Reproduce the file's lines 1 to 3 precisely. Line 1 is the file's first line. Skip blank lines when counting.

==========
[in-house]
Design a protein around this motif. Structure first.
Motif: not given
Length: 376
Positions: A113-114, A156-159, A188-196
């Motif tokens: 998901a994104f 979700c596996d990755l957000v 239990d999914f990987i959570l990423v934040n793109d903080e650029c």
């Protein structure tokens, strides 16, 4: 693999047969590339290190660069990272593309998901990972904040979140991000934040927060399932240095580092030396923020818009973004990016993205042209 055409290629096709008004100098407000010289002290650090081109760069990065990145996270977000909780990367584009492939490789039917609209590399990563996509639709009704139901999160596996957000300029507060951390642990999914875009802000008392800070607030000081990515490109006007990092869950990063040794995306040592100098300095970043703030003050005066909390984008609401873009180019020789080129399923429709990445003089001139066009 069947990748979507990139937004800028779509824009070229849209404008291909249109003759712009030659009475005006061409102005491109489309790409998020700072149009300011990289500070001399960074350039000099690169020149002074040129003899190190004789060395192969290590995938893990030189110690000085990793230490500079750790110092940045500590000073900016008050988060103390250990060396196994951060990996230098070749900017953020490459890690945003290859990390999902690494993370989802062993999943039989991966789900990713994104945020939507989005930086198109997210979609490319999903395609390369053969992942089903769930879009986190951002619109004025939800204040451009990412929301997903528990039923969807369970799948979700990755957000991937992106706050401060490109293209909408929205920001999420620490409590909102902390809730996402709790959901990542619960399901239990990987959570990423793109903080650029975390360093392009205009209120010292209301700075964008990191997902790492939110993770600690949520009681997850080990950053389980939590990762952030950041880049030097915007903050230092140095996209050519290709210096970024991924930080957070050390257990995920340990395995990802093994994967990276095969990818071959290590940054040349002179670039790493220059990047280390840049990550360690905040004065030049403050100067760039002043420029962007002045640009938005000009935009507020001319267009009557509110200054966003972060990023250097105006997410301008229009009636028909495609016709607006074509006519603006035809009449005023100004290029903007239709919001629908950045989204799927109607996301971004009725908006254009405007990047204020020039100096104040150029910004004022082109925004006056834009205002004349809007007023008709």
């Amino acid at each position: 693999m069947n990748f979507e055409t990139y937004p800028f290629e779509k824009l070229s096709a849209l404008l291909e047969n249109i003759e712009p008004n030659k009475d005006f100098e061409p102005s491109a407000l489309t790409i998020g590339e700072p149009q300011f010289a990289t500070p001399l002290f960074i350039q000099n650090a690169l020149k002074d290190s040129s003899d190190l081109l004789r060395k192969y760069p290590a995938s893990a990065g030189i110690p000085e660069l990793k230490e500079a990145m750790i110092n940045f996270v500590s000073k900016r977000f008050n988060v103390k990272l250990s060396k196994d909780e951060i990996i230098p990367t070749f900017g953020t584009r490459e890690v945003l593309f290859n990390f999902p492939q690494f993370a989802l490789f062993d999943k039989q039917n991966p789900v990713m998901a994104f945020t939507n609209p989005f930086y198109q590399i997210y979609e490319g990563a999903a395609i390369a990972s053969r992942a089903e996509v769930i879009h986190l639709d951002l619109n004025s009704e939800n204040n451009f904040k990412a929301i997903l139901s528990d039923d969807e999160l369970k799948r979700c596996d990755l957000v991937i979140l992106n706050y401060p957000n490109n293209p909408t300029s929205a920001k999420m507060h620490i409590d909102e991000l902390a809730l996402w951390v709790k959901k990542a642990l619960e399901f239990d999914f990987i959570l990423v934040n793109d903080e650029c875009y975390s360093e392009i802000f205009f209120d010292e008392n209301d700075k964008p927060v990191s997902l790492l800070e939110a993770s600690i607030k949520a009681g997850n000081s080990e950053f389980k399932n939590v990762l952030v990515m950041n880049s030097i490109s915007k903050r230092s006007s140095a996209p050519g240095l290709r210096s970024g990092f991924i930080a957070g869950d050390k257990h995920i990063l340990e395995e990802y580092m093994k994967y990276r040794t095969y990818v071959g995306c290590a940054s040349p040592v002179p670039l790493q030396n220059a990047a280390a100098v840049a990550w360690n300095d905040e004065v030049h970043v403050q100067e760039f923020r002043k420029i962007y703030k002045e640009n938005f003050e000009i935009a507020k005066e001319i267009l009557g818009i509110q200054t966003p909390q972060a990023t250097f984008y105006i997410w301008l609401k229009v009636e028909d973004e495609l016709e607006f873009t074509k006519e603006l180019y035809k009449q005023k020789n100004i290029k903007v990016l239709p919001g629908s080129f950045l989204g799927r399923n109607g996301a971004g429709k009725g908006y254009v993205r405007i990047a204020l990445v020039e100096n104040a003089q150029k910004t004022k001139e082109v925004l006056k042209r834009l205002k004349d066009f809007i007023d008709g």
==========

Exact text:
[in-house]
Design a protein around this motif. Structure first.
Motif: not given